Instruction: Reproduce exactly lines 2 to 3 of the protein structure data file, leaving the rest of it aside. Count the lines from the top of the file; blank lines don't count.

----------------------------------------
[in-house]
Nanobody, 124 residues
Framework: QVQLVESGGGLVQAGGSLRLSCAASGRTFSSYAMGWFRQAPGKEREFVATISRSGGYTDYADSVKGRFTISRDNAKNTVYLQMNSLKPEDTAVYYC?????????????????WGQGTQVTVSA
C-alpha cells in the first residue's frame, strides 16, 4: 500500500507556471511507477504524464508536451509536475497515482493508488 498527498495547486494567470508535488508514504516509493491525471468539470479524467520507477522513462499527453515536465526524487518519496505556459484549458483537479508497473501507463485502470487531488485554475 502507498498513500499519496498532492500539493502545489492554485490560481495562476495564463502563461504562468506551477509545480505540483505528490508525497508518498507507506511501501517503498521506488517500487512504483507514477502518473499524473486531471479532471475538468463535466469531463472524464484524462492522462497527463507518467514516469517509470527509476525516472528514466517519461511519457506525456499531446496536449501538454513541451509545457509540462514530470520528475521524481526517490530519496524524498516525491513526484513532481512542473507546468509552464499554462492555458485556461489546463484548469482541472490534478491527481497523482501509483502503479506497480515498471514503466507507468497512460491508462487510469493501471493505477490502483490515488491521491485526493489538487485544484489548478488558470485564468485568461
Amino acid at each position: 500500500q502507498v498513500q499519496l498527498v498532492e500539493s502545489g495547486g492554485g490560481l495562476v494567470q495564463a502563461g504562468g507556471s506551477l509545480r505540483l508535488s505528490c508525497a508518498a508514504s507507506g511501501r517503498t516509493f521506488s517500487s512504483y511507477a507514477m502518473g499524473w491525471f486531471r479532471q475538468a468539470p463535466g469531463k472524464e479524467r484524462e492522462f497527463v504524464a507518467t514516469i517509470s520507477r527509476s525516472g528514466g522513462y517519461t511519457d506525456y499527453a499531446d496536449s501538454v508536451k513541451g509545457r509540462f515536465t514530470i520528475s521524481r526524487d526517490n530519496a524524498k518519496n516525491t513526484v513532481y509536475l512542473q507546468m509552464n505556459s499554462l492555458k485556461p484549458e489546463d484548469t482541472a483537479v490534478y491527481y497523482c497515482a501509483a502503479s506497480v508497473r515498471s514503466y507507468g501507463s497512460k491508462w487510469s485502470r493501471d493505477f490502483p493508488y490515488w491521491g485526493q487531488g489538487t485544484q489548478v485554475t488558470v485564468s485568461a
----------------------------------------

Nanobody, 124 residues
Framework: QVQLVESGGGLVQAGGSLRLSCAASGRTFSSYAMGWFRQAPGKEREFVATISRSGGYTDYADSVKGRFTISRDNAKNTVYLQMNSLKPEDTAVYYC?????????????????WGQGTQVTVSA